If kings knew of my derech eretz [proper conduct], they would send their sons to study with me. (Rebbe Nachman, Sichot HaRan 19)
One must teach a child proper conduct from his youth. (Sefer Midot: Children 64)
Acting with proper and respectful manners is an important part of Rebbe Nachman’s path. His followers are expected to regard it seriously.
Our courtesy and good manners should be distinct from those of others. While it is possible to somewhat develop these traits without Torah, such as those who practice morality based on common sense and fairness, we are to be distinct, since Hashem commanded us how we should conduct ourselves. While others may choose to behave in an “ethical manner,” we are called to be holy. Therefore, even those mitzvot that are logical and fair are to be observed because Hashem commands them in the Torah. (Rebbe Nachman, Sichot HaRan 116).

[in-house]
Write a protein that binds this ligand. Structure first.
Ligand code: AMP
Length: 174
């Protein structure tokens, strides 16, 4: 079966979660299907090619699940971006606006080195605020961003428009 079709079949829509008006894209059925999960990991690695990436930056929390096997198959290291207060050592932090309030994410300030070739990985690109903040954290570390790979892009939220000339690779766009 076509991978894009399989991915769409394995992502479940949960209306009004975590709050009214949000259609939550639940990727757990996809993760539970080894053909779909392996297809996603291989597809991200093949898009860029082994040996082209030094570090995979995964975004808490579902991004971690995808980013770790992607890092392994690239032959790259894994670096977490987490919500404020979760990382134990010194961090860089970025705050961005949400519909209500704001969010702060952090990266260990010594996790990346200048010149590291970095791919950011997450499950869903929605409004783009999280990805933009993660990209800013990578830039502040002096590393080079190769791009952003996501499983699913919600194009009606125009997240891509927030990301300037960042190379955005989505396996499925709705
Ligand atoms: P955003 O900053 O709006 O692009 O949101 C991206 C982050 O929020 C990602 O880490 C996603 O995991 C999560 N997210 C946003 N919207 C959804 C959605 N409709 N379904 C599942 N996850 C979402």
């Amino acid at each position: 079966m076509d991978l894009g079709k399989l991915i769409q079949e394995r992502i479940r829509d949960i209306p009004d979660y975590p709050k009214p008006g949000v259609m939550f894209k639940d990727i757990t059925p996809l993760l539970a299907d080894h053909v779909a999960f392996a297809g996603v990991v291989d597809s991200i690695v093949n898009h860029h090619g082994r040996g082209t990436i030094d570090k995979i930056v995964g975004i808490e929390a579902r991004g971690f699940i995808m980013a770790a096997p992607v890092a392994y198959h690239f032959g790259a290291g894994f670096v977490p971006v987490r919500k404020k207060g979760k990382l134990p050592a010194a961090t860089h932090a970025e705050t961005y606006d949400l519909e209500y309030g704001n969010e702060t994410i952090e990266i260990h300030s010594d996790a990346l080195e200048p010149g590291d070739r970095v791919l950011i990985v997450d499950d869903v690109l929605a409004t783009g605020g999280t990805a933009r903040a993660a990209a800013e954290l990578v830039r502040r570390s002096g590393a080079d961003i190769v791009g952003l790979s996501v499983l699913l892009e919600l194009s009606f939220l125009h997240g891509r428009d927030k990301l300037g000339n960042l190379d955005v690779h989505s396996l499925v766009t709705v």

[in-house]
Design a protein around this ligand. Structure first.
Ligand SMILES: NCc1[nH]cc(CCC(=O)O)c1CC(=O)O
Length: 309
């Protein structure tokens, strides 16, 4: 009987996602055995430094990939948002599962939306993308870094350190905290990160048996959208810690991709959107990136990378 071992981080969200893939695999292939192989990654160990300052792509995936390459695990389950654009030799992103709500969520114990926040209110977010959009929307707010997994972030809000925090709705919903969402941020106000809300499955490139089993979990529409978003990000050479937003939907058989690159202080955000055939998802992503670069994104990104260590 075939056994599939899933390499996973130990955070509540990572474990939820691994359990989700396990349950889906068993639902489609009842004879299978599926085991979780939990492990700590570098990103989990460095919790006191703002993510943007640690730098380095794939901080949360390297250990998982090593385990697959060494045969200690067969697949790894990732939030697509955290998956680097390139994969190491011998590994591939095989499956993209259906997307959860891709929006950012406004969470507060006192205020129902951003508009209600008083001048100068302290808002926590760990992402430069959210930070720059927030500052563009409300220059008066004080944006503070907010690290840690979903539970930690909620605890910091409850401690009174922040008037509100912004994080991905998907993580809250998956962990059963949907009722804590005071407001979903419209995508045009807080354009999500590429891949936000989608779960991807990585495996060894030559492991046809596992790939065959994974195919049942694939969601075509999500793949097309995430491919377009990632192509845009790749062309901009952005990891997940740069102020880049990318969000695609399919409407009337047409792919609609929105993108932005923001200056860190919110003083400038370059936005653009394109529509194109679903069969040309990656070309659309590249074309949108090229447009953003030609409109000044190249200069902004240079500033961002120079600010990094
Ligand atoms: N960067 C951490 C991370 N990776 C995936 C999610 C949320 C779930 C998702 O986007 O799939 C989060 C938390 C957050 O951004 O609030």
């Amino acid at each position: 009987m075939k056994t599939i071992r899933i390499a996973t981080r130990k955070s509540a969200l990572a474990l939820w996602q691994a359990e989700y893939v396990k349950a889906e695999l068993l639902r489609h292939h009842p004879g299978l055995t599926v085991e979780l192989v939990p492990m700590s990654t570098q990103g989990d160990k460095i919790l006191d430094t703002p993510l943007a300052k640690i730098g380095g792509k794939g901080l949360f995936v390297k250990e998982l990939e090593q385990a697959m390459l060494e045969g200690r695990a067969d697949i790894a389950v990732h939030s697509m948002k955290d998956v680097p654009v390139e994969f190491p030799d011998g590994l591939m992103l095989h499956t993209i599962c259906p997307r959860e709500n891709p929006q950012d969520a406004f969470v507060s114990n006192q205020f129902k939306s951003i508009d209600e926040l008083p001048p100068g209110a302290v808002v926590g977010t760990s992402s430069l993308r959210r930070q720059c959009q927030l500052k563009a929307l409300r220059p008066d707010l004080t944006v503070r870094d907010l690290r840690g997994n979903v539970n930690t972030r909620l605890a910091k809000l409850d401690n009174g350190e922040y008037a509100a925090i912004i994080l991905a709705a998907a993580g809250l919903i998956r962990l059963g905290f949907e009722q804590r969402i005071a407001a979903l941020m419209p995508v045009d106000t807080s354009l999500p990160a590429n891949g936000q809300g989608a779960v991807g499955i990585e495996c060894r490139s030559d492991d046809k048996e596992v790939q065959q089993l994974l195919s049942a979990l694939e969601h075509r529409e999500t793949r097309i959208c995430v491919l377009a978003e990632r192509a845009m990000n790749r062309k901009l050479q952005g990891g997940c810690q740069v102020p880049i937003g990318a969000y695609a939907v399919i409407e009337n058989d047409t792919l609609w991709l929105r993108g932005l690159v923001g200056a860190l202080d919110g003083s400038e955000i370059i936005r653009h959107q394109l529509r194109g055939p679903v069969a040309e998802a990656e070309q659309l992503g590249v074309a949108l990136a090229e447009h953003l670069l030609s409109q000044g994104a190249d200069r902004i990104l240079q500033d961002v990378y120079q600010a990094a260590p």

Developing good midot and refraining from bad ones are part of the Torah’s path of self-improvement. Our Sages tell us that, “good manners are a prerequisite for Torah” (Vayikra Rabba 9:3). Rabbi Chaim Vital says that the midot are themselves the very source of the Torah (Sha’arei K’dusha 1:2).
A person with good manners guards the purity of one’s soul, and can fulfill the entire Torah in holiness. We must remember that it takes a lot of scrubbing in Gehinom to remove the stains of this world. If we refine ourselves here, we will not need to be cleansed in the World to Come.
Based on In All Your Ways, Collected Discourses of Rabbi Yaakov Meir Schechter, The Importance of Derech Eretz